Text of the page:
In the books it's always the Others take someone or something but the WW never actually take anything but lives. The Cotf, however seem to have hunted and taken animals, humans and giants, and brought them back to BR cave to be placed in niches carved into the stone and Wed to the tree against their will. I say against their will because no Giant, Bear, or Wolf would willingly be Wed to a tree, allowing roots to grow through their bodies.

I think these were early experiments with magic resulting in  skinchanging and greenseeing.

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8 minutes ago, Lord Lannister said:

I have a larger problem with almost 12,000 years of recorded history with little technological or cultural progress.

It is only 6000 (or 4000) years of recoded history in Westeros. And 8000 (or 6000) since the Long Night. In that time Westeros moved from an early Bronze Age to an early Modern Age. So they did in 6000 years (by the shortest account elapsed since the Long Night) what Europe did in almost 5000 years. Not bad having started from an apocalyptic event and facing long winters every few years.

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On 8/3/2016 at 5:06 PM, Tucu said:

It is only 6000 (or 4000) years of recoded history in Westeros. And 8000 (or 6000) since the Long Night. In that time Westeros moved from an early Bronze Age to an early Modern Age. So they did in 6000 years (by the shortest account elapsed since the Long Night) what Europe did in almost 5000 years. Not bad having started from an apocalyptic event and facing long winters every few years.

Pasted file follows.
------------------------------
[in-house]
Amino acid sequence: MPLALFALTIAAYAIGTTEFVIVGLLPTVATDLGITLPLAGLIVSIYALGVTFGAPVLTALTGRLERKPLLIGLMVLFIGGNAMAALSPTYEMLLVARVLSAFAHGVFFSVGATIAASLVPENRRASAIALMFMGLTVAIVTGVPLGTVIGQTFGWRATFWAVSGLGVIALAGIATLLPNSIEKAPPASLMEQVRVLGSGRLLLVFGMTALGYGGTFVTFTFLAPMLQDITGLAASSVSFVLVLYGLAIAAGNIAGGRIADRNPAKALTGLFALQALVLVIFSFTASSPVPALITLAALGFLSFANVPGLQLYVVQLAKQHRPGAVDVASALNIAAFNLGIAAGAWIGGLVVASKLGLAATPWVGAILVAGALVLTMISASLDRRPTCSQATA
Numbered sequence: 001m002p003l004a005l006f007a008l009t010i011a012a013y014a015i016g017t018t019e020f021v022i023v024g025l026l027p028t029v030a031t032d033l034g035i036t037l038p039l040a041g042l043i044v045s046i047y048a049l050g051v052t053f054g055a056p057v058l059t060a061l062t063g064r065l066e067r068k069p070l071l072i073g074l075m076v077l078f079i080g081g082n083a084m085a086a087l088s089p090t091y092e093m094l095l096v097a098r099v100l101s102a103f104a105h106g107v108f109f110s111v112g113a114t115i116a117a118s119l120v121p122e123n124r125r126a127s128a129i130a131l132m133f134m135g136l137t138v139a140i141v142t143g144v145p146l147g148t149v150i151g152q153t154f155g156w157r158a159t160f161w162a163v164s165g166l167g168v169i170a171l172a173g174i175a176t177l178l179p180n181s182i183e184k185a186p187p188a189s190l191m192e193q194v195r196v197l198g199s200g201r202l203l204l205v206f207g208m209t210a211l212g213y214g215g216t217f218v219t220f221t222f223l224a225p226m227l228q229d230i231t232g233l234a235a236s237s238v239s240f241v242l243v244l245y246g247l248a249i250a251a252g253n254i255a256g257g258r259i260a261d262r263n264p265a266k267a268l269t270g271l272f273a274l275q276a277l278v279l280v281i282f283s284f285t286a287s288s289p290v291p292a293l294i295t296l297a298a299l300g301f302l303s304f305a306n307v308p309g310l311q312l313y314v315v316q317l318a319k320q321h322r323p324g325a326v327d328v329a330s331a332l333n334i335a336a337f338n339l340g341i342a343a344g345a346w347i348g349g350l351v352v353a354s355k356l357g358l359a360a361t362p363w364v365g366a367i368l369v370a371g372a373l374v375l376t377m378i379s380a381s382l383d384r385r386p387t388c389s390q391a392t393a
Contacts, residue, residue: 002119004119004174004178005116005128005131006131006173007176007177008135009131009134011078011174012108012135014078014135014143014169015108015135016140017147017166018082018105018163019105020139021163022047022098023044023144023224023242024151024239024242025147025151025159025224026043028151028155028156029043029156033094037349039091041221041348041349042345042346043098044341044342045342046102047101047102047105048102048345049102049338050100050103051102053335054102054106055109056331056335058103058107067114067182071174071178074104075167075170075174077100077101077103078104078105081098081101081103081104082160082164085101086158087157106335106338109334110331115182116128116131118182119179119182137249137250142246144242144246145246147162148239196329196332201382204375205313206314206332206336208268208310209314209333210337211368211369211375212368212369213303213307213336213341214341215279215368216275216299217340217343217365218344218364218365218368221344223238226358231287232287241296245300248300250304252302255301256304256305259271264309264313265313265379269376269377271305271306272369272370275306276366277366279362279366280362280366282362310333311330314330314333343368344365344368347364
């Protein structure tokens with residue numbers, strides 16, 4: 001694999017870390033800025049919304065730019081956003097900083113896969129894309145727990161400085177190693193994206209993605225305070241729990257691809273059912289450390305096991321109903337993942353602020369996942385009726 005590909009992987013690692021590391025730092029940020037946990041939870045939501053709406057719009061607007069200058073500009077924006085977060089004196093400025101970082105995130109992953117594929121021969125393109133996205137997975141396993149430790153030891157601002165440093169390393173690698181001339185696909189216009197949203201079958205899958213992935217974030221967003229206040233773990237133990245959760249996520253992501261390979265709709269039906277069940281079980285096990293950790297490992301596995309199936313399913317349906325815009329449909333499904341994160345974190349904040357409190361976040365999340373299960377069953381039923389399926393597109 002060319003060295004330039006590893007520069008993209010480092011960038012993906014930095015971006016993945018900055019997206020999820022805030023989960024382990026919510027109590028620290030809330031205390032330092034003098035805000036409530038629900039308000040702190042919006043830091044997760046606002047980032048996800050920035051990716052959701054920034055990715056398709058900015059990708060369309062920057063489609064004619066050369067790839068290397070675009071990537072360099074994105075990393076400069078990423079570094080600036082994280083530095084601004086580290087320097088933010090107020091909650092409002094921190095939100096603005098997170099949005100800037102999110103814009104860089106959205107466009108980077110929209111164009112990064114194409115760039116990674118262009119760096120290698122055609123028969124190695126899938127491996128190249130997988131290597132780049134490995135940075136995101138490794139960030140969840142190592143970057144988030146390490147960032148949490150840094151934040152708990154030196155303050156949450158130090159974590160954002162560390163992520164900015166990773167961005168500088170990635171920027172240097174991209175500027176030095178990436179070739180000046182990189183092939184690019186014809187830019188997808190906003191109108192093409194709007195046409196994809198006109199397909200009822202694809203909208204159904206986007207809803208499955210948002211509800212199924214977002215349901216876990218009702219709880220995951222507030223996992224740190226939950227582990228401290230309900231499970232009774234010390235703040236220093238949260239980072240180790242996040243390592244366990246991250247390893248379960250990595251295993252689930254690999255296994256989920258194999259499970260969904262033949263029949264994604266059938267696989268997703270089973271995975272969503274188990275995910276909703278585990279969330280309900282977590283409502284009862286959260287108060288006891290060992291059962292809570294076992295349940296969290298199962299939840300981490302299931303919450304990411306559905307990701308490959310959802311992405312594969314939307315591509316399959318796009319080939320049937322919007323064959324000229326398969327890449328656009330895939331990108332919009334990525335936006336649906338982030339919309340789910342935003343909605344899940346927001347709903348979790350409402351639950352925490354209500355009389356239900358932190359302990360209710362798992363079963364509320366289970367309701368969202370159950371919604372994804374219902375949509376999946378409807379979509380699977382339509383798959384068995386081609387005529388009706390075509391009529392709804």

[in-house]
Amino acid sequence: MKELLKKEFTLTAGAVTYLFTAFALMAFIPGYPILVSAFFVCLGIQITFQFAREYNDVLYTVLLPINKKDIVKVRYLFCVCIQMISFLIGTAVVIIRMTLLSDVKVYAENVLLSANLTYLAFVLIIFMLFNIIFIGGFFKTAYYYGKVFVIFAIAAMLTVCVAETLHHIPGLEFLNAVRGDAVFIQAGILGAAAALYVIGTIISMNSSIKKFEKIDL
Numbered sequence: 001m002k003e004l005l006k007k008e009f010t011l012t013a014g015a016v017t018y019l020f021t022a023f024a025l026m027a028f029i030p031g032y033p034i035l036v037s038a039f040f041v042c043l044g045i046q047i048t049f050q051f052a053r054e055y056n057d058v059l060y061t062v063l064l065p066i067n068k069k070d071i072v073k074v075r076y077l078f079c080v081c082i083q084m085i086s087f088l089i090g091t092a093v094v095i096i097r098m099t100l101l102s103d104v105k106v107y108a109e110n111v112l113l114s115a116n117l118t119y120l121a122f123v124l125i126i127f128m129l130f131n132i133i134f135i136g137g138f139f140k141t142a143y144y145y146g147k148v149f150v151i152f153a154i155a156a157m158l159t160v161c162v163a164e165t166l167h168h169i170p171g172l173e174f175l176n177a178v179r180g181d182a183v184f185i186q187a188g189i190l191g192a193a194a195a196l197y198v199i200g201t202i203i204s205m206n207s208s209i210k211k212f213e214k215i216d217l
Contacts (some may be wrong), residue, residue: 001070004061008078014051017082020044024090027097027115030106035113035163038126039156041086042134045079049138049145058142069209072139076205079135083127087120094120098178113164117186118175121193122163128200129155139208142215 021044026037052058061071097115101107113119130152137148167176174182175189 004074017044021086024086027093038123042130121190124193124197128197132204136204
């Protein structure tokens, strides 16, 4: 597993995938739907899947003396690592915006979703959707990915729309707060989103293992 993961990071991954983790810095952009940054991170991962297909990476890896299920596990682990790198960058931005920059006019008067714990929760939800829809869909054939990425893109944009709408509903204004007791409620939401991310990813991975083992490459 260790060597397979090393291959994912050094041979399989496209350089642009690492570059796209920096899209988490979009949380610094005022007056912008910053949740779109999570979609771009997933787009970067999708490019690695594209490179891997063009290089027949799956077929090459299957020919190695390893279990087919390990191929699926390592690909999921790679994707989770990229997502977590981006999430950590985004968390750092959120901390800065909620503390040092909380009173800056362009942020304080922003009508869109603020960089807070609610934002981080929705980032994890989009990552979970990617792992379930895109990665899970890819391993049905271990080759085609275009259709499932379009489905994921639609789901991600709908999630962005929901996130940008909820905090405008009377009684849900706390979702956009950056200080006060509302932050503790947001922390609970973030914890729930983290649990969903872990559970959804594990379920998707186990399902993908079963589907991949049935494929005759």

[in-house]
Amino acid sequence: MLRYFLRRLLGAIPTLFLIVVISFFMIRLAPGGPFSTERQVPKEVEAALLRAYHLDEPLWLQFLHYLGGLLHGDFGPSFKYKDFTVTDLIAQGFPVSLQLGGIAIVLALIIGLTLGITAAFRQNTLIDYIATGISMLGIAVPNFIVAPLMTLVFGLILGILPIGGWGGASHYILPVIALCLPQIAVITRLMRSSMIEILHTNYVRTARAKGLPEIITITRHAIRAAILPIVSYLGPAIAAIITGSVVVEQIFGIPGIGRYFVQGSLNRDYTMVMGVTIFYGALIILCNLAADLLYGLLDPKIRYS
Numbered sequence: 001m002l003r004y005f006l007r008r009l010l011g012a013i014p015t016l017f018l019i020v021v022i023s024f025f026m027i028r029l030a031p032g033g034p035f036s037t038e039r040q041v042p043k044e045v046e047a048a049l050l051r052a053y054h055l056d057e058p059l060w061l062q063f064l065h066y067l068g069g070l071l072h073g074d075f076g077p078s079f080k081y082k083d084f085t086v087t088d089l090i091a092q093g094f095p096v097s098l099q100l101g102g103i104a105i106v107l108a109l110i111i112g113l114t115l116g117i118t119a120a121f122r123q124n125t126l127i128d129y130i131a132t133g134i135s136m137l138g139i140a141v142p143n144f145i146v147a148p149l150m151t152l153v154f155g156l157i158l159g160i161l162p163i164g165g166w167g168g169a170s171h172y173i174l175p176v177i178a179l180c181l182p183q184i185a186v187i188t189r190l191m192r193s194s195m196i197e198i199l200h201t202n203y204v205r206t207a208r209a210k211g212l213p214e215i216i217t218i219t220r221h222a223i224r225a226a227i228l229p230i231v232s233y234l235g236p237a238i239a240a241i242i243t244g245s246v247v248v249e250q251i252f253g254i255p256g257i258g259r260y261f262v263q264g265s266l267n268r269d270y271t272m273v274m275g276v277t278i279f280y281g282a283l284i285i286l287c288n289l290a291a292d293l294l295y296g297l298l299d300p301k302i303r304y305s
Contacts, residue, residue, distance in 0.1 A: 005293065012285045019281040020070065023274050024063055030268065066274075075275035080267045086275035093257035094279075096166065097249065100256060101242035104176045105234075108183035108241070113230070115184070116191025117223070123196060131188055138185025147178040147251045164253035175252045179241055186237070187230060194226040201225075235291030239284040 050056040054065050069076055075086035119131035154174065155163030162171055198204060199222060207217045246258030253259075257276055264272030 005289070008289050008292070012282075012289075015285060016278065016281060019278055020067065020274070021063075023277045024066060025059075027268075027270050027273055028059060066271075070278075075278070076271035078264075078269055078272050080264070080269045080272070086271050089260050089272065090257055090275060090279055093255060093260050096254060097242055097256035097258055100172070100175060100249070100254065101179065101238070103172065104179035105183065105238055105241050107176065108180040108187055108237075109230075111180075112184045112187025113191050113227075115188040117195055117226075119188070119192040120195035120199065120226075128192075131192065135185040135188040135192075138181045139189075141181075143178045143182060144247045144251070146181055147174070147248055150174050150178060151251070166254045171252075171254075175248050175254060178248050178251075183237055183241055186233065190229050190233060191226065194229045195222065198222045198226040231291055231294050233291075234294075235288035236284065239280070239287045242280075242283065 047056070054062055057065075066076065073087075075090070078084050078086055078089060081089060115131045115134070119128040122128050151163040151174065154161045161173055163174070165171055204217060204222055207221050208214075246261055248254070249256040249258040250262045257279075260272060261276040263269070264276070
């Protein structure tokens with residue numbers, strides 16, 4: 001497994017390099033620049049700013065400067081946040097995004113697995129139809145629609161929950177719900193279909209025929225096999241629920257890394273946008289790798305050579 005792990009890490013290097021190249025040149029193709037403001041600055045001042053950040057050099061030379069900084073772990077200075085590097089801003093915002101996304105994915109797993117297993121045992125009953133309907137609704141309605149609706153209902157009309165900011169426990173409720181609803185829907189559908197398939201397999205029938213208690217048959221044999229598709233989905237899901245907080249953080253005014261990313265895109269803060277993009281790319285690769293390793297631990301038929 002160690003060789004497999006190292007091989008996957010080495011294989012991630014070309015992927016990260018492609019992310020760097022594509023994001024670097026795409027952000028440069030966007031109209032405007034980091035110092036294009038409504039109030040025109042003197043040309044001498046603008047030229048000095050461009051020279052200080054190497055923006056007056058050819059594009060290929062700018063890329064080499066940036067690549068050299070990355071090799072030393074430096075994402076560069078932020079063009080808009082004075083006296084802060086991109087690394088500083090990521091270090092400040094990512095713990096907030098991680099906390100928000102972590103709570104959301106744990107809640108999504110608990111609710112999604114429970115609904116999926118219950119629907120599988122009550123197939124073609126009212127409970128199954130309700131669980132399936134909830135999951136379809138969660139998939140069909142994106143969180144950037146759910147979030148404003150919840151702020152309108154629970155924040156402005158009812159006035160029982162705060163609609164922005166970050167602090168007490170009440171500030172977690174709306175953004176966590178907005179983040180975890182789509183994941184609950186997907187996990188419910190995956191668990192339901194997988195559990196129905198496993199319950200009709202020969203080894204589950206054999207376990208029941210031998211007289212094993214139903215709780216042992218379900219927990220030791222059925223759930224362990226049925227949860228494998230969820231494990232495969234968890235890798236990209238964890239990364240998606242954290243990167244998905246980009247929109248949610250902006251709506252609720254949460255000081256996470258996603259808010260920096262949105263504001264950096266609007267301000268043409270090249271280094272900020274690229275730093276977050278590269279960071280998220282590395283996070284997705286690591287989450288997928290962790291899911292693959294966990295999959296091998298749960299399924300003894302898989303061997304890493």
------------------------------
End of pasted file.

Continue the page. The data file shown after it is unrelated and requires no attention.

But they haven't advanced at all, all of recorded human history is only about 6000 yrs.the earliest form of writing, sumerians, cuneiform whatever, up to now, with space flight, penicillin, and Google, some the same amount of time.

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11 minutes ago, Crowing with Wolves said:

But they haven't advanced at all, all of recorded human history is only about 6000 yrs.the earliest form of writing, sumerians, cuneiform whatever, up to now, with space flight, penicillin, and Google, some the same amount of time.

They have advanced a lot. They started in prehistory with basic runes, bronze weapons and no seafaring vessels. They went from bronze, to iron and to steel. From runes in rocks to an availability of books that matches the time just before the movable type. They have developed ships that match the Age of Discovery (or even later). The architecture has changed. They developed telescopes, paper, wind mills, trebuchets and I could go on.

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Around 5th century to 15th century. So close to 1000 years.

It is not clear how medieval was the initial period shortly after the Andal invasion. They brought iron to Westeros, not all the technologies of the Middle Ages. They could have easily started as an Iron Age culture similar to the Hittites or Etruscans (to put some european theme in the mix). This would give more than 2500 years of European/Middle East history to compare too.